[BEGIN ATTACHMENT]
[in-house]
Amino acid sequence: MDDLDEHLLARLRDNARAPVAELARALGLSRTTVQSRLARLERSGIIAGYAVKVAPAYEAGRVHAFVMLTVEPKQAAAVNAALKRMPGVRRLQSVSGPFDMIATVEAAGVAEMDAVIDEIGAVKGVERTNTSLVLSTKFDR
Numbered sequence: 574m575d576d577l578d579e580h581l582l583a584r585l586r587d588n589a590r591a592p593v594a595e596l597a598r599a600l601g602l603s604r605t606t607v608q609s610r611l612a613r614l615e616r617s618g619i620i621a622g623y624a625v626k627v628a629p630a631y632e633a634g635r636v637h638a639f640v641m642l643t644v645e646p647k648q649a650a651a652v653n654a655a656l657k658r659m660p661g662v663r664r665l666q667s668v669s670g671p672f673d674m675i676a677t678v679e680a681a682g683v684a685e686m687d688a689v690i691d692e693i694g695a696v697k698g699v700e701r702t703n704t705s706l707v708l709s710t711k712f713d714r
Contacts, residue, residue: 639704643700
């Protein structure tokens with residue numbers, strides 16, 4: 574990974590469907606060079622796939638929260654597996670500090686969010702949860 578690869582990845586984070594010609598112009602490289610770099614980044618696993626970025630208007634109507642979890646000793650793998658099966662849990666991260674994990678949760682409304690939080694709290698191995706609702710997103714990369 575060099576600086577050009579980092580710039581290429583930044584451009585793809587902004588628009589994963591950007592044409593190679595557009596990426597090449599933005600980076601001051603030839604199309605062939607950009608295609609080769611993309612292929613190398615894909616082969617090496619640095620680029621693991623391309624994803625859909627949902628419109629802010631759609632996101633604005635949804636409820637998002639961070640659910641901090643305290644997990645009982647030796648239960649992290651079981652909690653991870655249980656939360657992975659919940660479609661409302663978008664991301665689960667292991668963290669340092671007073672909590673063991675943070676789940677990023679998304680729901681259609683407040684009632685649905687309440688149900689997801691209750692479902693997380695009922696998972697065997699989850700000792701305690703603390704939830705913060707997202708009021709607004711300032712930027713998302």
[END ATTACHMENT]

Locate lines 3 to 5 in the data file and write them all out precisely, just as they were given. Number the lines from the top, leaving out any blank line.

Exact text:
Numbered sequence: 574m575d576d577l578d579e580h581l582l583a584r585l586r587d588n589a590r591a592p593v594a595e596l597a598r599a600l601g602l603s604r605t606t607v608q609s610r611l612a613r614l615e616r617s618g619i620i621a622g623y624a625v626k627v628a629p630a631y632e633a634g635r636v637h638a639f640v641m642l643t644v645e646p647k648q649a650a651a652v653n654a655a656l657k658r659m660p661g662v663r664r665l666q667s668v669s670g671p672f673d674m675i676a677t678v679e680a681a682g683v684a685e686m687d688a689v690i691d692e693i694g695a696v697k698g699v700e701r702t703n704t705s706l707v708l709s710t711k712f713d714r
Contacts, residue, residue: 639704643700
């Protein structure tokens with residue numbers, strides 16, 4: 574990974590469907606060079622796939638929260654597996670500090686969010702949860 578690869582990845586984070594010609598112009602490289610770099614980044618696993626970025630208007634109507642979890646000793650793998658099966662849990666991260674994990678949760682409304690939080694709290698191995706609702710997103714990369 575060099576600086577050009579980092580710039581290429583930044584451009585793809587902004588628009589994963591950007592044409593190679595557009596990426597090449599933005600980076601001051603030839604199309605062939607950009608295609609080769611993309612292929613190398615894909616082969617090496619640095620680029621693991623391309624994803625859909627949902628419109629802010631759609632996101633604005635949804636409820637998002639961070640659910641901090643305290644997990645009982647030796648239960649992290651079981652909690653991870655249980656939360657992975659919940660479609661409302663978008664991301665689960667292991668963290669340092671007073672909590673063991675943070676789940677990023679998304680729901681259609683407040684009632685649905687309440688149900689997801691209750692479902693997380695009922696998972697065997699989850700000792701305690703603390704939830705913060707997202708009021709607004711300032712930027713998302």